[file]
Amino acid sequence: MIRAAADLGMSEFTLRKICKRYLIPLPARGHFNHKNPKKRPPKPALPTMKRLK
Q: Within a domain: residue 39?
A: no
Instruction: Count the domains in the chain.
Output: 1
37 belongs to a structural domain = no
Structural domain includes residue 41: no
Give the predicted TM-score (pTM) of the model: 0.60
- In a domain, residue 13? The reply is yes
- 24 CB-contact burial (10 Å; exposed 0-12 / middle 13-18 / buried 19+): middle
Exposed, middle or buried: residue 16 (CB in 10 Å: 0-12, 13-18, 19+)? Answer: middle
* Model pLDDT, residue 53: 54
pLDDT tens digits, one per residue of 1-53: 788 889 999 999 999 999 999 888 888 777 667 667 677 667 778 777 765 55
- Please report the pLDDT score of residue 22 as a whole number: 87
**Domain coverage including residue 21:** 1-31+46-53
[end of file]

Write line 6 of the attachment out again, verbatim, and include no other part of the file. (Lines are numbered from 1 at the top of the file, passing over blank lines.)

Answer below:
37 belongs to a structural domain = no